By ERIKA ANDERSON, Staff Writer | Published August 24, 2006
When a tornado roared through his Dunwoody neighborhood in 1998, Dan Wilkens lost 24 trees in his yard.
The support he received from friends and strangers in his efforts to put his home back together touched him and had a lasting effect on him. So when Hurricane Katrina devastated the Gulf Coast region last August, there was only one thing for Wilkens to do.
In the days following Hurricane Katrina’s landfall, Wilkens, 65, who is semi-retired, met with fellow All Saints Church parishioners to determine what they could do to help. Wilkens immediately volunteered to go to Mississippi.
“At the meeting, I said, ‘if you need a boots-on-the-ground guy, I have the time. I’ll go,’” he recalled.
With a background in construction work, Wilkens knew he could be of help. He got in touch with Bragg Williams, a parishioner at Our Lady of the Gulf Church in Bay St. Louis, Miss., who was living in Atlanta after the storm. Williams told him that the parish, which sits overlooking the Gulf of Mexico, had been severely damaged by the storm surge from Hurricane Katrina.
Wilkens headed west with money collected from All Saints parishioners. For the first couple of days, he slept in his car. Later he slept on the beach or bunked with a fellow volunteer in a trailer provided by FEMA.
“I got down there Sept. 21. It was like a war zone. There was no electricity, no telephones and no water. People were still in shock. You could see it on their faces,” Wilkens said.
Wilkens stayed and helped at the parish for two months, not returning to Atlanta until Nov. 22. He coordinated groups of volunteers who passed through the area and within a month Our Lady of the Gulf’s community center was functioning.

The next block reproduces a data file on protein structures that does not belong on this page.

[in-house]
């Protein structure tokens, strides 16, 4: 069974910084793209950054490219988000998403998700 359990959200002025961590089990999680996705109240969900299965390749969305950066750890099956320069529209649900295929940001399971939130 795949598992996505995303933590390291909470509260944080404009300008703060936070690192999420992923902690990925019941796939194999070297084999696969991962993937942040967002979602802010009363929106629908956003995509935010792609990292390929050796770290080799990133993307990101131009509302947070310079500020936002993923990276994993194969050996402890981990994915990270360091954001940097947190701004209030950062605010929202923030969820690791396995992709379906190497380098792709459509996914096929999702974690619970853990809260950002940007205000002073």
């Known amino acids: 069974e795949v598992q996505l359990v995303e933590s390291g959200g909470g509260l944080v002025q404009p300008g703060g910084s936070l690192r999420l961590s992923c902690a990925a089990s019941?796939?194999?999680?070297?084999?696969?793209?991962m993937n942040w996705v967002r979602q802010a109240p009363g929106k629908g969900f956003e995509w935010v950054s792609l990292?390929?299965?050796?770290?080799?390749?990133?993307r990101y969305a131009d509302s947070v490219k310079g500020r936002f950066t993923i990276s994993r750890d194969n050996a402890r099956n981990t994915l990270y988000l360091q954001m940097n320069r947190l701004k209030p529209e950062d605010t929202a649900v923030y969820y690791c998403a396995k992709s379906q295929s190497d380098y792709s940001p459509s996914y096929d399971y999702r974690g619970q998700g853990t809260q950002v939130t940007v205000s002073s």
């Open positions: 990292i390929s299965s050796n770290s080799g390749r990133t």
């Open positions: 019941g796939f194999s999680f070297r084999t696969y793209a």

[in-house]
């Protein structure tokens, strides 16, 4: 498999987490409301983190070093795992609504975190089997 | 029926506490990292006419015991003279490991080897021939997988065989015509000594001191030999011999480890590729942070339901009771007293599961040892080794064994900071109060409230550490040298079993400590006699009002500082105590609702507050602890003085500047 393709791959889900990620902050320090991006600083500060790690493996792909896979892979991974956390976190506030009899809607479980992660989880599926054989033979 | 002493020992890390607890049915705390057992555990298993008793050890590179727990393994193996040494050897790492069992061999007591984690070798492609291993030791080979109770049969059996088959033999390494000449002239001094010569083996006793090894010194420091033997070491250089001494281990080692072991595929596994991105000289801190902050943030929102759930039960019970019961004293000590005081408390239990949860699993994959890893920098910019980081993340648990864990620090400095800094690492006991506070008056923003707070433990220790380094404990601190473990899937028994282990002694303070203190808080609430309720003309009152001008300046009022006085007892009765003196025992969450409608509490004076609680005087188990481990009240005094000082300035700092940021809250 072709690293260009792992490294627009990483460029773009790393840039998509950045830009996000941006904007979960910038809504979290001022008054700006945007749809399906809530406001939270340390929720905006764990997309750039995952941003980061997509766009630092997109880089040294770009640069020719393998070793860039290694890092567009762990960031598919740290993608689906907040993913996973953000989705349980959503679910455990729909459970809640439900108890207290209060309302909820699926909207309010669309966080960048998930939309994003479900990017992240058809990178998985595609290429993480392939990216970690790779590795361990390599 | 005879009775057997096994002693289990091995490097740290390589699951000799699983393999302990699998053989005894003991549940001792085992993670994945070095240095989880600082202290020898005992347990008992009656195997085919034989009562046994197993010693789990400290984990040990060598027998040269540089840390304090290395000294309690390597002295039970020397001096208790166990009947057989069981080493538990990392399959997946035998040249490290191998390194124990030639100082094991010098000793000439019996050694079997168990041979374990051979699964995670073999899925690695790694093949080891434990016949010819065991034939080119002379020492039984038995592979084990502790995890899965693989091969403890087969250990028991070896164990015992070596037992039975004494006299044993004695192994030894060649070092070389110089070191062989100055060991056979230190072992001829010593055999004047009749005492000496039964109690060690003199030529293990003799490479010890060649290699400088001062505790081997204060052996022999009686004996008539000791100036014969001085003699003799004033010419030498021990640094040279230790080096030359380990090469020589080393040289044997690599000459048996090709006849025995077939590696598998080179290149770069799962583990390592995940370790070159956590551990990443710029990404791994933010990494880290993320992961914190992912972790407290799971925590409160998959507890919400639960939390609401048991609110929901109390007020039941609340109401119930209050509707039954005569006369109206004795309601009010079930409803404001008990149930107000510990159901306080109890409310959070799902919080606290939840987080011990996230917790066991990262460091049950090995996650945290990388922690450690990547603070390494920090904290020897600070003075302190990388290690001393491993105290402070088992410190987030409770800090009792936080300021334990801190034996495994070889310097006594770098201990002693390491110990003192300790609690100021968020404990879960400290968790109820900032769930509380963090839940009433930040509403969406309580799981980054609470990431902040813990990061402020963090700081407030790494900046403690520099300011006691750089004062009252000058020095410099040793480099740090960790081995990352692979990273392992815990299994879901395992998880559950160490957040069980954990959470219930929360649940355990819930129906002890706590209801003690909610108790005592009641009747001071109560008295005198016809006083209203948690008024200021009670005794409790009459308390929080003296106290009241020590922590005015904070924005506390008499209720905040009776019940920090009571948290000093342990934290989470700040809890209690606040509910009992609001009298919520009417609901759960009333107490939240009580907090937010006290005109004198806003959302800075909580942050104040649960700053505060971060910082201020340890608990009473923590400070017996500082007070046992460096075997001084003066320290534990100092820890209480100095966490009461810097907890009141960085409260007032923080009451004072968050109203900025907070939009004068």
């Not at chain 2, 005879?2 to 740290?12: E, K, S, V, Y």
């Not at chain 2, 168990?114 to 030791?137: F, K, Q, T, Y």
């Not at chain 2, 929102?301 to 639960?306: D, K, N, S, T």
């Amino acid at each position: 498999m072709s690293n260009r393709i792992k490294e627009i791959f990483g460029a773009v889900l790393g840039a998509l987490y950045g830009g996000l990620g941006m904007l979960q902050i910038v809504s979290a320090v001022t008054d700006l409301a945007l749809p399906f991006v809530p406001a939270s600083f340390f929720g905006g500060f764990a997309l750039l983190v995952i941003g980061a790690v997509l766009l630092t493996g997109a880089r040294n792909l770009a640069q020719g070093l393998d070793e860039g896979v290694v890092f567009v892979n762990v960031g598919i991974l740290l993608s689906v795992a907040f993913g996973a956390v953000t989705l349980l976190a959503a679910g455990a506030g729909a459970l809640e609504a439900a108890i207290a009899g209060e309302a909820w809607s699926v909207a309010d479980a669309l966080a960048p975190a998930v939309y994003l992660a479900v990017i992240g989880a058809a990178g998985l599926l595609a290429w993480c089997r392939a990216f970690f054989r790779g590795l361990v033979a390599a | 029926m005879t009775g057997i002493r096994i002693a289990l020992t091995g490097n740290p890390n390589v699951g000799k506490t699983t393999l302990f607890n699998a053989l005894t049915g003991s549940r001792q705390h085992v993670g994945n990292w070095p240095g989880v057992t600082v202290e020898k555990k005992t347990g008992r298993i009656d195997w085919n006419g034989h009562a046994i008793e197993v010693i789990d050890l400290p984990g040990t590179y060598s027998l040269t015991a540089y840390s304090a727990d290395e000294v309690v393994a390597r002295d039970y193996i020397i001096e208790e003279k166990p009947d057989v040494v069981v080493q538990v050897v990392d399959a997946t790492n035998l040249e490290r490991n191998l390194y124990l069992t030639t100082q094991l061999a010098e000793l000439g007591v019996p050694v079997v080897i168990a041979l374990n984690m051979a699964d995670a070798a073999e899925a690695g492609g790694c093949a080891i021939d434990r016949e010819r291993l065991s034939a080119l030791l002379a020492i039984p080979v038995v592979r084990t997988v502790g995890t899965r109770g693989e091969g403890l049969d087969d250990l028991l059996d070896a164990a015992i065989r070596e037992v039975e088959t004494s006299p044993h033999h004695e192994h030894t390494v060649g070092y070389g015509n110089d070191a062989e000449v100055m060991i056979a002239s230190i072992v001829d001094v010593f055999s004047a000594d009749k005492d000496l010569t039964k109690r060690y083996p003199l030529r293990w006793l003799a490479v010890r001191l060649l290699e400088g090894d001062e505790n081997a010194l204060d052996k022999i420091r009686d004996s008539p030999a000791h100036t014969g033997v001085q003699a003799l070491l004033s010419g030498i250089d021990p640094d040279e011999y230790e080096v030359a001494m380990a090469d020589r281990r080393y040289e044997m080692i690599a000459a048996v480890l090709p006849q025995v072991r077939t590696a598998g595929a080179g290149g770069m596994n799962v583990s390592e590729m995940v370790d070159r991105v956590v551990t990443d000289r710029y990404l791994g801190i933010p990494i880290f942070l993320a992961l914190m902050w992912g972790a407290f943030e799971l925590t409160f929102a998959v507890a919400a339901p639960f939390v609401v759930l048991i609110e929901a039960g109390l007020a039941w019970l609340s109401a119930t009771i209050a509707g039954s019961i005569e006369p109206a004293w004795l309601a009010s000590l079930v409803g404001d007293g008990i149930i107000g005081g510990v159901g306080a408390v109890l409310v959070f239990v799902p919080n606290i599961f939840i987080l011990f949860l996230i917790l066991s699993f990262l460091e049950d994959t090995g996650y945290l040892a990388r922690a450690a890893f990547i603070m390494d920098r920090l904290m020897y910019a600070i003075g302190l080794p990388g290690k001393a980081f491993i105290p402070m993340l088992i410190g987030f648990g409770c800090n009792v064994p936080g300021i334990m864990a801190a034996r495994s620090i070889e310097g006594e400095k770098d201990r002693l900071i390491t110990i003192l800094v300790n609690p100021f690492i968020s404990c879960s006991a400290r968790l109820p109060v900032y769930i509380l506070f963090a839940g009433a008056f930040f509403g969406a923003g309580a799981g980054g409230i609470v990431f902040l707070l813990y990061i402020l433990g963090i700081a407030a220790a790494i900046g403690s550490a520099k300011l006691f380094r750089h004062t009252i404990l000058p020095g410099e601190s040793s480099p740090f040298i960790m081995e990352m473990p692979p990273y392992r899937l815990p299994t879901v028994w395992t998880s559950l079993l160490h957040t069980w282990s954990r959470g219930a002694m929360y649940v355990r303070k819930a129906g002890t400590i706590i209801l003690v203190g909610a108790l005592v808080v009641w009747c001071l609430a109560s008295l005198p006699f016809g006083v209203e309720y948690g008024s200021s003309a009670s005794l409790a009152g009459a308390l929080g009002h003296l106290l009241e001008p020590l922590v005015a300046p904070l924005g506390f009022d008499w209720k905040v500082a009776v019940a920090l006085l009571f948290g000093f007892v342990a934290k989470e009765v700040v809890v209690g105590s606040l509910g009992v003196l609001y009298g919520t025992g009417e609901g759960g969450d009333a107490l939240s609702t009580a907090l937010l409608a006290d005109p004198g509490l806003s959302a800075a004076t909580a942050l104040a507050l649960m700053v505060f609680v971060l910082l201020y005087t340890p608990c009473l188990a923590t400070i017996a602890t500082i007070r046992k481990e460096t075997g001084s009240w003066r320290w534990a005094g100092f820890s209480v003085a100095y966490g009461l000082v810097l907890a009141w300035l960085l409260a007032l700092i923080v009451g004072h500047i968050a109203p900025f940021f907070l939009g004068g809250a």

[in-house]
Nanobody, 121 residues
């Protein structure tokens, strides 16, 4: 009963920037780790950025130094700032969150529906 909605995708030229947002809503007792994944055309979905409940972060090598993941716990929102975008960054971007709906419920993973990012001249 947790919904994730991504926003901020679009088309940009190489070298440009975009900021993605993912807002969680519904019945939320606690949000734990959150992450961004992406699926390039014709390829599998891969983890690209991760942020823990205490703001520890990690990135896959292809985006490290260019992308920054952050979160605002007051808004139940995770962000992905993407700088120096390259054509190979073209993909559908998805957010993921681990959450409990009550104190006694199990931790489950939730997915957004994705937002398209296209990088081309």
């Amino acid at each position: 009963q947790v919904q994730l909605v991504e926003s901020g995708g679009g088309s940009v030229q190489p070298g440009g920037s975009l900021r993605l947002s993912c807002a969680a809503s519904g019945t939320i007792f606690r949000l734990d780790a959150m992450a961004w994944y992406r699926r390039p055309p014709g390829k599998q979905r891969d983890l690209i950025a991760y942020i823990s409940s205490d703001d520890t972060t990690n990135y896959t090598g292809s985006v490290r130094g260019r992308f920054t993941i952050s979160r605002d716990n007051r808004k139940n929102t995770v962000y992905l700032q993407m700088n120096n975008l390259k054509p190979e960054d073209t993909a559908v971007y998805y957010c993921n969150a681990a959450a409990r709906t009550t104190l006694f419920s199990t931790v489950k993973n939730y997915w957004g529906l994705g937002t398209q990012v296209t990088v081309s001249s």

It was important to help the parish get back on its feet, Wilkens said, to give people hope for rebuilding their own homes. He learned a lot about humility, he added, during his time in Mississippi.
“We’re given a lot of things in life that we don’t earn,” he said. “You’re never prepared to realize that you can be humbled and taken to your knees in a microsecond.”
On a Saturday in late July, the sound of hammers and saws echoes throughout OLG’s property. OLG pastor Father Michael Tracey prepares to celebrate a nuptial Mass in the renovated church.
Nearby at Our Lady Academy, the all-girls school on the property of OLG, volunteers from the Church of St. Ann in Marietta are hard at work helping to prepare the damaged building for the upcoming school year.
St. Ann’s volunteer coordinator, Bob Lambie, has been driving down to Bay St. Louis once a month since October 2005. He originally came to help a fellow parishioner’s mother whose home was devastated by Katrina, but met up with Dan Wilkens at a Sunday Mass and committed himself to serving OLG.
St. Ann’s has been sending volunteers down to assist Lambie for the past year, he said.
“Every parishioner who comes down here has come back feeling that they have gotten more than they’ve given,” Lambie said.
Wilkens passed his volunteer coordinator torch to Dan Quinn, a young man from Pittsburgh. Quinn came down to help after Katrina with the intention of staying 10 days. Ten months later he was still in Bay St. Louis, finally preparing to go home. He spent the last 10 months coordinating volunteers to the area and said volunteers have had life-changing experiences.
“People walk away with a different sense of involvement in their church,” he said. “A lot of people call me wanting to talk about their faith and how they’ve been inspired by the faith of the people here.”
St. Ann’s parishioners have raised over $75,000 to help rebuild the parish and surrounding areas, including St. Peter the Apostle School in Pascagoula, where funds go toward tuition support for students, and St. Theresa Church in Sulphur, La., a fellow LaSalette parish that was heavily damaged by Hurricane Rita. The ministry is under the formal umbrella title of St. Ann’s Gulf Coast Outreach.
“We advertise with brochures and on the weekly Mass song sheets and in the bulletin,” Lambie said, adding that people at the Marietta parish have responded tremendously.
“We are very focused when we come here on seeing how we can help, what they need us to do, and not just sticking to our own agenda,” Lambie said. “Personally for me, it’s a major way of living my faith.”
Wilkens, too, continues to serve in Mississippi, and has been back and forth several times since his initial visit.
“If I didn’t have my wife and children, I would move down there,” he said. “These people need all the volunteers they can get for the next 10 years.”